37. 39. Media Sharing <ul><li>Short audio or video installments your supporters can subscribe to on your website </li></ul><ul><li>Can be created with low-cost audio/video recording devices </li></ul><ul><li>Non profits can use them to interview experts, present voices of supporters, discuss topical issues </li></ul>Source: VOSibilities Podcasts
  38. 40. Podcasting: How to Be Successful <ul><li>Keep them short </li></ul><ul><li>Outline each installment </li></ul><ul><li>Don’t just talk – interview, engage in conversation </li></ul><ul><li>One podcast, one topic </li></ul><ul><li>Edit to fine-tune message </li></ul><ul><li>Include iTunes link for easy subscription </li></ul>
  39. 41. Blogging <ul><li>Keeping a Blog for Your Nonprofit Can: </li></ul><ul><li>Establish you as an expert in your field </li></ul><ul><li>Make your operations visible and transparent to increase trust with supporters </li></ul><ul><li>Give you valuable, unsolicited opinions </li></ul><ul><li>Allow you to tell interesting and compelling stories that humanize your organization </li></ul>
  40. 42. Blogging <ul><li>Embed images and video to break up text </li></ul><ul><li>Read comments and write back </li></ul><ul><li>Make your blog an information source – not just about your organization but issues related to your organization </li></ul><ul><li>Archive posts by content (not date) so readers can find what interests them </li></ul><ul><li>Include an RSS feed so readers can subscribe </li></ul>Keys to Successful Blogging
  41. 43. Blogging: Two Case Studies Spot On What Happened?
  42. 44. Microblogging Let’s Tweet
  43. 45. Microblogging <ul><li>Mobilize supporters in times of urgency (to sign petitions, donate, attend meetings) </li></ul><ul><li>Post links to new information like press releases, blogs </li></ul><ul><li>or newspaper articles </li></ul><ul><li>Start spontaneous conversations with supporters </li></ul><ul><li> </li></ul><ul><li>Fundraising </li></ul>Twitter: Nonprofit Application
  44. 46. Twitter: Believe It or Not, It Works <ul><li>Tweetsgiving used Twitter for fundraising </li></ul><ul><li>Raised money for classroom in Tanzania </li></ul><ul><li>Raised over $10,000 in 48 hours </li></ul><ul><li>Raised profile of nonprofit Epic Change </li></ul>
  45. 47. Knowledge Sharing You aggregate other people’s information and share it online. Works Two Ways: Others aggregate your information and share it online.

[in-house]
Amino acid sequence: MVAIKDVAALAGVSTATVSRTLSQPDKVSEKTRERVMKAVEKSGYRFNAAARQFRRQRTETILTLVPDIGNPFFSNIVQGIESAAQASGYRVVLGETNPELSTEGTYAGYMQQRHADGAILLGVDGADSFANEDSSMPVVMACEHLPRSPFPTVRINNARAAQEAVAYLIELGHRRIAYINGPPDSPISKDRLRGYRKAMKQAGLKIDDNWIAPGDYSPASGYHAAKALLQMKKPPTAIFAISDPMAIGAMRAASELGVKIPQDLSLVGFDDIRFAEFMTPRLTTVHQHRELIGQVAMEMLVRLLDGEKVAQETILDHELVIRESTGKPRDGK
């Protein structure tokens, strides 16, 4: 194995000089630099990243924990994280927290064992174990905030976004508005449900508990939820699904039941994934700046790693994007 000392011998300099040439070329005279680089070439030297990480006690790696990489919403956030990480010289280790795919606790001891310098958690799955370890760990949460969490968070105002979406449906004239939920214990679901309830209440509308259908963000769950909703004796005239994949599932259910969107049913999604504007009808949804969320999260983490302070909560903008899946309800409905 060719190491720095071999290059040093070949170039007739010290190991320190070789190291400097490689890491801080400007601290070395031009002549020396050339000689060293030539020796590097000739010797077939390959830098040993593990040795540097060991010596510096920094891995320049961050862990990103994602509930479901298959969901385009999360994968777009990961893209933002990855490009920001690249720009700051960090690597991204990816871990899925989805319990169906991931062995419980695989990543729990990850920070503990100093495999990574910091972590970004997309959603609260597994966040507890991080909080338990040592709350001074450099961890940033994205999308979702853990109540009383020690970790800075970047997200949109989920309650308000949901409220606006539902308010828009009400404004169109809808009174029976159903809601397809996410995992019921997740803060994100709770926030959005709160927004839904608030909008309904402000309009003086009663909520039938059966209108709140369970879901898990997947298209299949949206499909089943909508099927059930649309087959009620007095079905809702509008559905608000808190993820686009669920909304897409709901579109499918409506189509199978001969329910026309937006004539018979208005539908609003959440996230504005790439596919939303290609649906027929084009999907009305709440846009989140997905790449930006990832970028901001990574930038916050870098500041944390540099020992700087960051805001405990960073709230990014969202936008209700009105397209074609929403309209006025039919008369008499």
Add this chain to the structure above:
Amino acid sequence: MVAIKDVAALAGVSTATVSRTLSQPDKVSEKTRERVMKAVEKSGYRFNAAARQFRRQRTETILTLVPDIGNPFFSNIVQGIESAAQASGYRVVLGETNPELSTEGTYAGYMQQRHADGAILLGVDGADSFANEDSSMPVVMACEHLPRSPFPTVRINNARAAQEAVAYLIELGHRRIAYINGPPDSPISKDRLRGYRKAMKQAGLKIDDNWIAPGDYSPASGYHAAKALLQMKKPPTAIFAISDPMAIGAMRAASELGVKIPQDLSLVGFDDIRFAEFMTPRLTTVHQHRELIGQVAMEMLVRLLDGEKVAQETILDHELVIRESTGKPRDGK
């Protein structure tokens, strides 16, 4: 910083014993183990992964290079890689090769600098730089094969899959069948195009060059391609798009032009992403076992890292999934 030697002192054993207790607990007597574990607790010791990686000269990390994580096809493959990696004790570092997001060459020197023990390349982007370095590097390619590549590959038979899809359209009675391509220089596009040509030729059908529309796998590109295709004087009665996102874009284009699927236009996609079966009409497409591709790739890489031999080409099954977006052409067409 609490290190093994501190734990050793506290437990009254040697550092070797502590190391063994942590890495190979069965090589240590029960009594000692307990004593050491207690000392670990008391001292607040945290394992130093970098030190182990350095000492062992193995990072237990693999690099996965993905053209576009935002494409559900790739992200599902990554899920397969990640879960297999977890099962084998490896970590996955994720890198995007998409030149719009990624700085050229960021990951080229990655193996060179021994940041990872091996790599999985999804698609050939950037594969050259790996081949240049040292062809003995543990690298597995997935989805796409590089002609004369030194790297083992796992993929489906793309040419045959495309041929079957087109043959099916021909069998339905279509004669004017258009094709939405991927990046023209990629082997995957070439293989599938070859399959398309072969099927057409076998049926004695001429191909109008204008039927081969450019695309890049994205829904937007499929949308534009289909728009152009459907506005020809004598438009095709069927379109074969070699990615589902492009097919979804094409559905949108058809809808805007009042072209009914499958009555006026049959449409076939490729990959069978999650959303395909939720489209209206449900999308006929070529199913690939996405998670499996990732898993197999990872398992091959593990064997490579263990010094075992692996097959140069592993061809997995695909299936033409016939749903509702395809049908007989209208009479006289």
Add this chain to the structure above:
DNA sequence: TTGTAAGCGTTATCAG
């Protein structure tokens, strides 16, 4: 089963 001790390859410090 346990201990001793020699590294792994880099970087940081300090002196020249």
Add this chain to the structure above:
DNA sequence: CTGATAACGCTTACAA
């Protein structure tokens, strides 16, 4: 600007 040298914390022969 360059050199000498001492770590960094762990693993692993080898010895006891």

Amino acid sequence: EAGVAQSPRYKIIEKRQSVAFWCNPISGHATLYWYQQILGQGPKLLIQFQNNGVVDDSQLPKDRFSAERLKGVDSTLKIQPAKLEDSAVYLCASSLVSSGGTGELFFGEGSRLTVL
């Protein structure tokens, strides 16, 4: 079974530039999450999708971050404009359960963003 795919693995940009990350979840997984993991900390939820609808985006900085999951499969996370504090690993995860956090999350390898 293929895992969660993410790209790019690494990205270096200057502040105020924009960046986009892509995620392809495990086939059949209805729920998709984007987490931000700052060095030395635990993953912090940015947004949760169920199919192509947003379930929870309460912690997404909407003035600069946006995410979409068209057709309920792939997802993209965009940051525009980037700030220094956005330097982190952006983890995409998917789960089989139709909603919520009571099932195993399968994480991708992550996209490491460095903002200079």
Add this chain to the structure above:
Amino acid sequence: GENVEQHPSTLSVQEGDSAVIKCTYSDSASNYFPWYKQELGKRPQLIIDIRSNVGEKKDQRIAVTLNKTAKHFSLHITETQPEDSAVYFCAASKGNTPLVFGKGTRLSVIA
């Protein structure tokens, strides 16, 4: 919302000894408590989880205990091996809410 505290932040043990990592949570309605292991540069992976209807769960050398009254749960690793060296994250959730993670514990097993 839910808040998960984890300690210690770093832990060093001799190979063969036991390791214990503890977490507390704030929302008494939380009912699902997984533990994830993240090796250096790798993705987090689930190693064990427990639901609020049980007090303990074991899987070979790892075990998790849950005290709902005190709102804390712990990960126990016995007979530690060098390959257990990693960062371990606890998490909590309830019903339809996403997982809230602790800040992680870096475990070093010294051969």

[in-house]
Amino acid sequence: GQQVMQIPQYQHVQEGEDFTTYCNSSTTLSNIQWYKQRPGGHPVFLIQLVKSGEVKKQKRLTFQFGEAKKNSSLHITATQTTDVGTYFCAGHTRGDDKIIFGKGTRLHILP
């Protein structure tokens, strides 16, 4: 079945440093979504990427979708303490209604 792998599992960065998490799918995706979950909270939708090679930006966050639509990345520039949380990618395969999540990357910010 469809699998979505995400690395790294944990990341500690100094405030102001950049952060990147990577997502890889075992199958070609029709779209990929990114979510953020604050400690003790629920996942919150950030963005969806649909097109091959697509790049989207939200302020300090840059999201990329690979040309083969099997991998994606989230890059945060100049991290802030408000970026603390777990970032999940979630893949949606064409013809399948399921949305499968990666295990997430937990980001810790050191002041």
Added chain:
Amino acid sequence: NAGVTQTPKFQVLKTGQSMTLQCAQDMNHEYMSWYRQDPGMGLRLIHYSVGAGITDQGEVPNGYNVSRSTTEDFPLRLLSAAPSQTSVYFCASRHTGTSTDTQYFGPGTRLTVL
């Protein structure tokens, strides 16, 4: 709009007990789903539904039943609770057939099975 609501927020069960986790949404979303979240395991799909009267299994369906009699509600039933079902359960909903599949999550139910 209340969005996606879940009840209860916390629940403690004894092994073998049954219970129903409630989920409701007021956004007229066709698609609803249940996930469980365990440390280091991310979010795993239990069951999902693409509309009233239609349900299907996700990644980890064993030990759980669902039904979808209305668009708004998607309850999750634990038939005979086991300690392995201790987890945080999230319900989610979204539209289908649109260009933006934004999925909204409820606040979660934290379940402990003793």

46. 48. Knowledge Sharing <ul><li>Lets you store, share and discover web bookmarks </li></ul><ul><li>Use tags to categorize your links </li></ul><ul><li>Access your bookmarks from any computer </li></ul><ul><li>Easy exchange of information with friends or likeminded companies </li></ul>Social Bookmarking with
  47. 49. Knowledge Sharing <ul><li>Keep track of what supporters and likeminded </li></ul><ul><li>organizations find interesting </li></ul><ul><li>Build an information exchange network that boosts </li></ul><ul><li>credibility and expertise </li></ul><ul><li>Placing bookmark button on your sites increases online exposure </li></ul>How Benefits Nonprofits
  48. 50. Knowledge Sharing <ul><li>RSS brings your favorite sites to you </li></ul><ul><li>Articles, blogs aggregated in an RSS reader </li></ul><ul><li>Podcasts, videocasts aggregated in iTunes </li></ul><ul><li>Keeps your organization informed without wasting time </li></ul>Source: RSS Feeds
  49. 51. Knowledge Sharing <ul><li>Choose an RSS aggregator </li></ul><ul><li>(Google Reader, Bloglines) </li></ul><ul><li>Create an account </li></ul><ul><li>Go to your favorite sites and add them by clicking on the icon </li></ul><ul><li>New posts and stories appear on your reader page </li></ul> RSS Feeds: How to Make It Come to You
  50. 52. Adding Bookmarks & RSS Buttons <ul><li>Go to </li></ul><ul><li>Select a button </li></ul><ul><li>Choose your platform </li></ul><ul><li>Copy html code and paste it on your site </li></ul>
  51. 53. The End Questions?
  52. 54. | 678 608 3408 Tirza Hollenhorst | [email_address] Barrett Michael |